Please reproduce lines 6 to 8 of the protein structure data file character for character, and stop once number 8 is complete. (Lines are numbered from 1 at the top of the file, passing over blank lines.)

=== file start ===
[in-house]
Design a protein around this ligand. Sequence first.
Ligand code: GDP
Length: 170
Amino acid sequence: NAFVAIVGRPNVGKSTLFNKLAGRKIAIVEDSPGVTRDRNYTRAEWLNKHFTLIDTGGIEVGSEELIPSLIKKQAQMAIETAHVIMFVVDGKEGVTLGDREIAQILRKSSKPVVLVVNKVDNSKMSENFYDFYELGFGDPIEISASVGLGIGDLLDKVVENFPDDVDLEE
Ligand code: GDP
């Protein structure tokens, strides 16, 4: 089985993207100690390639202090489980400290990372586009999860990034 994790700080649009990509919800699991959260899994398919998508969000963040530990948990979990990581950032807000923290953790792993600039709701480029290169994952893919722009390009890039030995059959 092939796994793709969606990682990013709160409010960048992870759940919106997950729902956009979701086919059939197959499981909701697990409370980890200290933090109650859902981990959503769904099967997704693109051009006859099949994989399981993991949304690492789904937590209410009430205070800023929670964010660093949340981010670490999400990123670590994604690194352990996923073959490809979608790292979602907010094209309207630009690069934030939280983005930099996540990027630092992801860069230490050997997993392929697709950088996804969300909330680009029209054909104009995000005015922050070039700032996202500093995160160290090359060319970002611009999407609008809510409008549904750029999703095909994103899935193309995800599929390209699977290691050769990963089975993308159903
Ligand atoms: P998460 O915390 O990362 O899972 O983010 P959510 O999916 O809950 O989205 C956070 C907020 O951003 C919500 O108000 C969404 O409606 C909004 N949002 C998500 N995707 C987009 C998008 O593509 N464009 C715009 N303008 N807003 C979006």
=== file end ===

Ligand code: GDP
């Protein structure tokens, strides 16, 4: 089985993207100690390639202090489980400290990372586009999860990034 994790700080649009990509919800699991959260899994398919998508969000963040530990948990979990990581950032807000923290953790792993600039709701480029290169994952893919722009390009890039030995059959 092939796994793709969606990682990013709160409010960048992870759940919106997950729902956009979701086919059939197959499981909701697990409370980890200290933090109650859902981990959503769904099967997704693109051009006859099949994989399981993991949304690492789904937590209410009430205070800023929670964010660093949340981010670490999400990123670590994604690194352990996923073959490809979608790292979602907010094209309207630009690069934030939280983005930099996540990027630092992801860069230490050997997993392929697709950088996804969300909330680009029209054909104009995000005015922050070039700032996202500093995160160290090359060319970002611009999407609008809510409008549904750029999703095909994103899935193309995800599929390209699977290691050769990963089975993308159903
Ligand atoms: P998460 O915390 O990362 O899972 O983010 P959510 O999916 O809950 O989205 C956070 C907020 O951003 C919500 O108000 C969404 O409606 C909004 N949002 C998500 N995707 C987009 C998008 O593509 N464009 C715009 N303008 N807003 C979006």